I HOPE THAT THE POOR SUFFERER WILL RECEIVE ALL THE HELP HE NEEDS AND TO WHICH HE HAS A RIGHT

A prisoner condemned to death wished to receive the sacraments, but many clergy followed the Jansenistic practice of not doing this. Eugene was visiting the Diocese of Gap. In the absence of the local bishop, he wanted to bring God’s mercy to this poor abandoned prisoner.

A letter to Father Lagier, a director of the Major Seminary at Gap. It was to repeat to him even more explicitly than I told him the other day that it would be sinful for a director not to give Communion to a condemned man whom he judges to be well disposed, that the French custom, which however is no more general, is nothing but a pitiful abuse which the Supreme Pontiffs have never ceased to denounce…

Empathizing with the suffering of the prisoner, Eugene responded.

I most readily consent to administer the sacrament of Confirmation to such an unfortunate person, but I consider that first he must fulfill the obligation of annual Communion which he certainly neglected, that I offer to resolve the difficulties in order to give it to him myself, for which nothing more is needed than an altar in one of the prison rooms if there is no chapel, or even in the prison cell if necessary; that it be well understood that this Communion is to satisfy the present obligation and there still remains the duty of receiving the Eucharist in danger of death. I hope that this forceful letter based on principle, joined to my other arguments and the strength of my words the other day, will produce their desired effects, and that the poor sufferer will receive all the help he needs and to which he has a right.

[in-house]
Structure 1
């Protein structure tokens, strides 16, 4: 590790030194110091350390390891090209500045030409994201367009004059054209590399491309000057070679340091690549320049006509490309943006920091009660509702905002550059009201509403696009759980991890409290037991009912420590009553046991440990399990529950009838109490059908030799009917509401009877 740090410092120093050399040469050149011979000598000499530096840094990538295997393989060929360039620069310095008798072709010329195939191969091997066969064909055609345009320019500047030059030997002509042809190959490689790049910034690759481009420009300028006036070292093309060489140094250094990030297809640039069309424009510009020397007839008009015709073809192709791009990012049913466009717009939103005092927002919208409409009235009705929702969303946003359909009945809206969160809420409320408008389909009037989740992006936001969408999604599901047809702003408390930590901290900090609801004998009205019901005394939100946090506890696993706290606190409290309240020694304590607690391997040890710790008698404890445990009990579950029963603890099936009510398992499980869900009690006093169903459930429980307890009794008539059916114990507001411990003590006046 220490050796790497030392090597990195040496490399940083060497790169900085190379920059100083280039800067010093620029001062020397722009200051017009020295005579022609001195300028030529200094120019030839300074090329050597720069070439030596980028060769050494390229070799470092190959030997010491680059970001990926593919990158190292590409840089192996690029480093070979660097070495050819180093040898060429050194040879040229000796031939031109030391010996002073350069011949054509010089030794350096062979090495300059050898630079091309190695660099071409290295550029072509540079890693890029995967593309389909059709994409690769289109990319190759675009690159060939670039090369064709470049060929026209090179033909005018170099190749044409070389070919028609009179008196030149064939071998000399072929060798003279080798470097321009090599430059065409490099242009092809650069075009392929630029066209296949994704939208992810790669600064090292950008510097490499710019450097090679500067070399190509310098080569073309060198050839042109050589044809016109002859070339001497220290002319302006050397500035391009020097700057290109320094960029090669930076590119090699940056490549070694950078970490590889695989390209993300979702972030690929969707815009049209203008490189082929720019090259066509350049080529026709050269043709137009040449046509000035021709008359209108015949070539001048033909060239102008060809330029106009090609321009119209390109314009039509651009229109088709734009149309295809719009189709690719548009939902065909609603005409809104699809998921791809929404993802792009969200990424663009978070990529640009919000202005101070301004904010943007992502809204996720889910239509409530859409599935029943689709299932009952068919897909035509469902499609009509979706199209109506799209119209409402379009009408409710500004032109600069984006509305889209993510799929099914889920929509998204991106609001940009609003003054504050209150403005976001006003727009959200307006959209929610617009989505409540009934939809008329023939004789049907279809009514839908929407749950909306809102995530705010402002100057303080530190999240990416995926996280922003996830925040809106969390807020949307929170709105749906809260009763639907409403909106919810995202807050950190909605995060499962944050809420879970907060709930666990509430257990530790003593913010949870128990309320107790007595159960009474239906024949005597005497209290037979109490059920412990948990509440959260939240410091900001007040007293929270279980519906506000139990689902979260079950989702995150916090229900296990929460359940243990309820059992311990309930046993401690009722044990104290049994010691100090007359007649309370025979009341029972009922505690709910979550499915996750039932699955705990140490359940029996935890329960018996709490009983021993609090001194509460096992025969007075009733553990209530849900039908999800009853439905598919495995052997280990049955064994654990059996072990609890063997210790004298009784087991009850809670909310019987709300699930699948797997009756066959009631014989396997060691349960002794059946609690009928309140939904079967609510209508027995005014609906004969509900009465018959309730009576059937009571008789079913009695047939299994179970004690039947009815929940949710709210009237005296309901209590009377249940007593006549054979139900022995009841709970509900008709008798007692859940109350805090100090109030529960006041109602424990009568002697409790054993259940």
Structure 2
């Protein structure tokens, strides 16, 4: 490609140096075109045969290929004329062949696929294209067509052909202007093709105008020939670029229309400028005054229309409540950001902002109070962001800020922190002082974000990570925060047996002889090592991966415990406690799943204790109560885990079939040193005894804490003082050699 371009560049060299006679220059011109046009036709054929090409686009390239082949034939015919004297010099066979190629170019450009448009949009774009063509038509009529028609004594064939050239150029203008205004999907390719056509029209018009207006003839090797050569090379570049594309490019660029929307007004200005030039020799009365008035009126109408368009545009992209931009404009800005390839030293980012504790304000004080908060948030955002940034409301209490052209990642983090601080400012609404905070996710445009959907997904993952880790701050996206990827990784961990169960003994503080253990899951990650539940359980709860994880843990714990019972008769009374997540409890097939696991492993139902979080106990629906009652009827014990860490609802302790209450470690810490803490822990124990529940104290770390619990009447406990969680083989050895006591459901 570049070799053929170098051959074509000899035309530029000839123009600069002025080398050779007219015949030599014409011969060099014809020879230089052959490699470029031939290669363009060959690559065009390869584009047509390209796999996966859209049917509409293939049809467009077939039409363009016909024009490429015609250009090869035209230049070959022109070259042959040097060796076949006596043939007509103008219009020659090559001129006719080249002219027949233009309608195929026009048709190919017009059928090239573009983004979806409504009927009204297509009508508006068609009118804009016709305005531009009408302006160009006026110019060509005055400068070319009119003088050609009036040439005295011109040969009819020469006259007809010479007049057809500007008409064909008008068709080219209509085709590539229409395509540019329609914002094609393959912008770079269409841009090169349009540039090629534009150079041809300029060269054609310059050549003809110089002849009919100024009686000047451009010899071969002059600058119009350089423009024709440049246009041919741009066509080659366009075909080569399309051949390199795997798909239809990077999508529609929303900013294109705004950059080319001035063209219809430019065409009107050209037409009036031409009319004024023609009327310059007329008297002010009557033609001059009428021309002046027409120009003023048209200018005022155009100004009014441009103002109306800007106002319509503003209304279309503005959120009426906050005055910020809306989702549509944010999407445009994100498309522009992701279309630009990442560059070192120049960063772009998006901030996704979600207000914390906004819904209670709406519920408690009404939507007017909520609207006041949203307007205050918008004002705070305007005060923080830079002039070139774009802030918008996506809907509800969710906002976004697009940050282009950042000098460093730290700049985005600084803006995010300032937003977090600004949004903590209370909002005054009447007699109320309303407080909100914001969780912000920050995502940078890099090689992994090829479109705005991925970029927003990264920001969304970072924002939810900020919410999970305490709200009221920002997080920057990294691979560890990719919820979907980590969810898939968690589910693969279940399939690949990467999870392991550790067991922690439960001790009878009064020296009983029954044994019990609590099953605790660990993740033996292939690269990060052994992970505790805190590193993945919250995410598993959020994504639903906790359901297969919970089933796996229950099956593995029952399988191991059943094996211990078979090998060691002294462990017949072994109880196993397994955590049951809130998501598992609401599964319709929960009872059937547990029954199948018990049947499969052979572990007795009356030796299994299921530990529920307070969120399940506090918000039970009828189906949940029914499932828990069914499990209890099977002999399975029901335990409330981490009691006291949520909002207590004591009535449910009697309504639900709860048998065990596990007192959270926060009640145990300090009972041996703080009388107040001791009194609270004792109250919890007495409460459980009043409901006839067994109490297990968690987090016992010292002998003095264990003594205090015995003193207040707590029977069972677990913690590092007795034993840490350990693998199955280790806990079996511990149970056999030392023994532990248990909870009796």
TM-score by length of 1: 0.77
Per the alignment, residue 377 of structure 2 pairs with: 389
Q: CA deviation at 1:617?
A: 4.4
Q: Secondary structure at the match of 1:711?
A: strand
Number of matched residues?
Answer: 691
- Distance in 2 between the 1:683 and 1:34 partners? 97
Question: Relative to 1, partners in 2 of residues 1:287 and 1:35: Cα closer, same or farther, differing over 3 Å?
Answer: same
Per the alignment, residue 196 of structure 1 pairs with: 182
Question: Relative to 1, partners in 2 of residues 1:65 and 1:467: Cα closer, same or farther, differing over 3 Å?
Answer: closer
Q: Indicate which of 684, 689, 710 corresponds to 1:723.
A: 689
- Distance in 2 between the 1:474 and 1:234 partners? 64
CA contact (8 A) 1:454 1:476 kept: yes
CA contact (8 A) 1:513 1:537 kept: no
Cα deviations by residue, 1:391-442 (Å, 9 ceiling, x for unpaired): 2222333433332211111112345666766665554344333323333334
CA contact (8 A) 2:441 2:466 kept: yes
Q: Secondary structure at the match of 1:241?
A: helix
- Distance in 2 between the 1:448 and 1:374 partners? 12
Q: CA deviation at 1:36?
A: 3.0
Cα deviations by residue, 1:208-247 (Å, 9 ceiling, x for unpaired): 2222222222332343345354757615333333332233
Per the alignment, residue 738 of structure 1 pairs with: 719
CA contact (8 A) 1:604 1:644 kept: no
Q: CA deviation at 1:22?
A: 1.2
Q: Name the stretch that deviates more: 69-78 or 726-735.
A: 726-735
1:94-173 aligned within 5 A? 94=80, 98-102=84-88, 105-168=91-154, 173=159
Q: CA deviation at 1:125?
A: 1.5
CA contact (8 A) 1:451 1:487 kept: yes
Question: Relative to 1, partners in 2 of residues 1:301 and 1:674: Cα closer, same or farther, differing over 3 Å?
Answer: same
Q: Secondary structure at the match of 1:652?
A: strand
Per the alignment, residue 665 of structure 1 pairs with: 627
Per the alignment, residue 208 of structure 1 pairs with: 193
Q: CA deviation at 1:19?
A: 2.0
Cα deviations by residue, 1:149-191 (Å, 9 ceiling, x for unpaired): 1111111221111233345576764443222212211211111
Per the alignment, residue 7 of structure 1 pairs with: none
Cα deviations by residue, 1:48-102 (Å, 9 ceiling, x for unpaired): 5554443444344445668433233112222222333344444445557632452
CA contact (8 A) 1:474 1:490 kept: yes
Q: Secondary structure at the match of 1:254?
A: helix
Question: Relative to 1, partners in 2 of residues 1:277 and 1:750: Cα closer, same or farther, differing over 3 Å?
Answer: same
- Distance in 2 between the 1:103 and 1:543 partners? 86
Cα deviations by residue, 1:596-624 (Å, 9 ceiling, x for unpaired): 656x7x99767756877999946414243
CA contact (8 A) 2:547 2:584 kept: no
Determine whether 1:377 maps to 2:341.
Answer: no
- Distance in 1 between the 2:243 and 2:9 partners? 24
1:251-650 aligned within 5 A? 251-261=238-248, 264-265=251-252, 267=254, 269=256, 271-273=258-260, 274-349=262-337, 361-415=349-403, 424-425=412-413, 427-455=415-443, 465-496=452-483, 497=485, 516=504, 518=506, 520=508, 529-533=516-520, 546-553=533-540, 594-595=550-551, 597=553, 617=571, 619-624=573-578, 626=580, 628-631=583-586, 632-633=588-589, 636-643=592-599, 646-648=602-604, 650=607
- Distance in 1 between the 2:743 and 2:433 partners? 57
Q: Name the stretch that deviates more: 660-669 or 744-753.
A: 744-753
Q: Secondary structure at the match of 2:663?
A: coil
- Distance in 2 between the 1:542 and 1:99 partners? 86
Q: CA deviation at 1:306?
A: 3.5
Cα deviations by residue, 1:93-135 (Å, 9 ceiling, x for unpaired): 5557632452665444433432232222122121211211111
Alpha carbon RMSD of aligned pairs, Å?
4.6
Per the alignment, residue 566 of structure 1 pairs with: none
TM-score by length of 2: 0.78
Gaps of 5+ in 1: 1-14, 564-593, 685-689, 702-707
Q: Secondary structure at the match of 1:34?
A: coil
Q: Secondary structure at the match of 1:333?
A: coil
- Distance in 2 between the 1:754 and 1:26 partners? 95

Eugene de Mazenod’s Diary, 14 July 1837, EO XVIII

Here, in the heart and actions of Saint Eugene we see our Constitution 4 put into action: “Through the eyes of our crucified Saviour we see the world which he redeemed with his blood, desiring that those in whom he continues to suffer will know also the power of his resurrection (cf. Phil 3: 10)”

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One Response to I HOPE THAT THE POOR SUFFERER WILL RECEIVE ALL THE HELP HE NEEDS AND TO WHICH HE HAS A RIGHT

  1. Eleanor Rabnett, Oblate Associates says:

    Seeing through the eyes of most perfect love, the eyes of our crucified Saviour, Eugene finds a way to minister to the poor prisoner that is fully in keeping with the Church and her Supreme Pontiffs. He is well aware of the Jansenistic practices; but he prefers to work and act from the heart, not limiting his actions.

    I am reminded of Matthew’s Gospel (5.17-37) from last weekend and how Jesus said “…but I say to you…” True he was speaking of thou shalt nots, but the flip side of that, the “thou shalts” which must be lived. A door that is only half way open is only half way open. Jesus calls us to follow him through a door that is fully open, all the time.

    I am reminded of how Eugene’s mission was/is to the most abandoned, the poorest of the poor who were not being served by the structures of the Church; hence his ministry to the prisoners – not part way but always fully.

    There is in Eugene’s voice not only love but a demand for justice as he writes of the prisoner’s right to receive the sacraments.

    Once again our Rule of Life reminds us of how we might live and love to the fullest. I remember when I first sobered up and was given the 12 Steps of AA – not just to be read once and then leaving the message to be nice words on a page. I was given the grace to realise that I needed to take them in and have them become a part of me so that I could live them (much more than just reading or reciting them). Here again we see the Constitutions and Rules for what they are: the lived expression of the charism given and shared with all of us.

    I had not expected this as we move into the weekend, but I am grateful for how God ensures that we are reminded.

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